YPN talks to property investor and rent-to-rent operator Evie Stockford
Becoming financially free at the age of 22 is extraordinary. Yet Evie Stockford has achieved this phenomenal goal in just three years, after starting a property business when she was 19.
How did she do it? And, perhaps more importantly, why did she choose to go down the property route instead of following a more traditional career path?
The choice to start her own business was, she says, a bit of a no-brainer. She had always wanted control over her own destiny so turning to self-employment as soon as practicably possible was a natural move.
That she should start a property business, however, happened by accident rather than by design. She knew about and understood the concept of buy-to-let but never considered it because of a lack of capital. She had never heard about any other strategies or ways of investing in property … until she came across Paul Preston three years ago and attended one of his courses.
It was through Paul that she discovered the rent to rent strategy and its potential for getting started in business.
Rent to rent has had some bad press over recent years. In some cases deservedly so where a rent to rent operator has been either fraudulent or incompetent. However, in the hands of a capable, responsible operator who knows what they are doing, it can offer an excellent way to start investing in property. Or, as for Evie, it can present a great business opportunity.
Needing little in the way of start-up capital (relatively speaking in property terms), rent to rent is a good way to build cash flow and to do so quite quickly.
Rent to rent is not Get Rich Quick
Evie makes it clear that this is not a get-rich-quick strategy. It can demand a lot of work and effort up front to get established. In her case, one of the biggest challenges was that starting so young acted against her when it came to gaining credibility with landlords and agents.
To overcome this, she armed herself with knowledge and thoroughly researched the HMO market in Oxford, where she operates, so she had ready answers to all the questions that were raised.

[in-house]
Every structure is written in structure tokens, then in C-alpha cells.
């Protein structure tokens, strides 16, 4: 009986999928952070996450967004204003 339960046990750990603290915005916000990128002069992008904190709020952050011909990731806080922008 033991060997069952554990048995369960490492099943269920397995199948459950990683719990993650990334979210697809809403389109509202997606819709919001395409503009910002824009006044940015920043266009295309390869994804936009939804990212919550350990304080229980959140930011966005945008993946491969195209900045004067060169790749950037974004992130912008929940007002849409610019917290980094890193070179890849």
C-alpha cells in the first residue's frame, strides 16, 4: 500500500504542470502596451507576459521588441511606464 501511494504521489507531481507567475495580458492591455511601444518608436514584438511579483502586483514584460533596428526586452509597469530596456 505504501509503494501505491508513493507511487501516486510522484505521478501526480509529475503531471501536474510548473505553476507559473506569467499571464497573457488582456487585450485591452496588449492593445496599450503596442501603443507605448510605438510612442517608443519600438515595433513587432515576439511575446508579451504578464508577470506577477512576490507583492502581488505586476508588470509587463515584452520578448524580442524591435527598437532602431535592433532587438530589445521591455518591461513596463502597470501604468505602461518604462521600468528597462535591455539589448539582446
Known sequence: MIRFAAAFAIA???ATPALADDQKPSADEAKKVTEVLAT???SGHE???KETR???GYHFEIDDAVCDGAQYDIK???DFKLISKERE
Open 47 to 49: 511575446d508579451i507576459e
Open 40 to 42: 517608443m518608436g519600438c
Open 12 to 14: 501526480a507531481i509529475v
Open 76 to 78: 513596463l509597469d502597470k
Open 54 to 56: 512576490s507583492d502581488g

Getting her first rent to rent property over the line was a challenge and quite costly because she had to pay six months’ rent up front to compensate for her lack of experience. It was a big investment but, she confirms, “the best thing I ever did!” By the second deal, she had proof of concept and that she knew what she was doing, along with valuable experience and more confidence.
What is financial freedom?
A basic definition of financial freedom is having enough money to cover all your outgoings plus some left over to enjoy life. The actual figure that amounts to will vary from one person to the next.
One of the great benefits of starting young is that the amount of money you need to become financially free is much lower than it will be when you have more responsibilities and commitments.
Evie was earning a very basic salary from her day job when she started her property business in April 2019. At 19 her financial commitments were minimal. Six months later she had replaced her income and was able to quit her job.
To date, cash flow has been her top priority and even after quitting her job, she decided to take on a part-time role to boost cash flow. Once rental properties are up and running they don’t take up all your time, so she used her spare time to top up her earnings and funnel more into the business.
Fast forward 18 months, and the property business now supports both her and her partner. They are fully focussed on it with plans to grow and start building a buy-to-let portfolio alongside the rent-to-rent properties. Her chosen location of Oxford is challenging for buy-to-let as it is so expensive, but she is committed to the area. As well as being a great place to invest in property over the long term, having been brough up there she knows the town like the back of her hand.
The current portfolio incorporates a mix of HMOs and serviced accommodation, and she has found that multiple income streams from different strategies is an important consideration in light of the pandemic.
Evie shares two of her Oxford property case studies, one serviced accommodation and one HMO, in the February 2021 edition of YPN, in a feature about investors who have started and succeeded in investing in property within the last two years. In the case studies, she goes into the numbers and the challenges of each deal in detail. (You can subscribe here to read this and explore lots of other investor stories and case studies in the magazine or on the YPN app.)
A lot of people assume that you need pots and pots of money to start in property, but Evie’s experience is proof that this is not true. Having money to hand helps for sure, but you don’t need to have hundreds or even tens of thousands sitting in a bank account before taking on your first rental.
Looking back over the past three years, Evie admits that establishing the property business was more time-consuming than she had expected. “Property is often sold as a dream, get-rich-quick, passive income. That’s a lie! It’s hard work at the beginning and life changes, but for the better.”
She wouldn’t have it any other way and is delighted with the lifestyle she has created. The hard work has paid off, she has more control over her life and far more flexibility than she would if she were working for an employer. What a way to start your working life!
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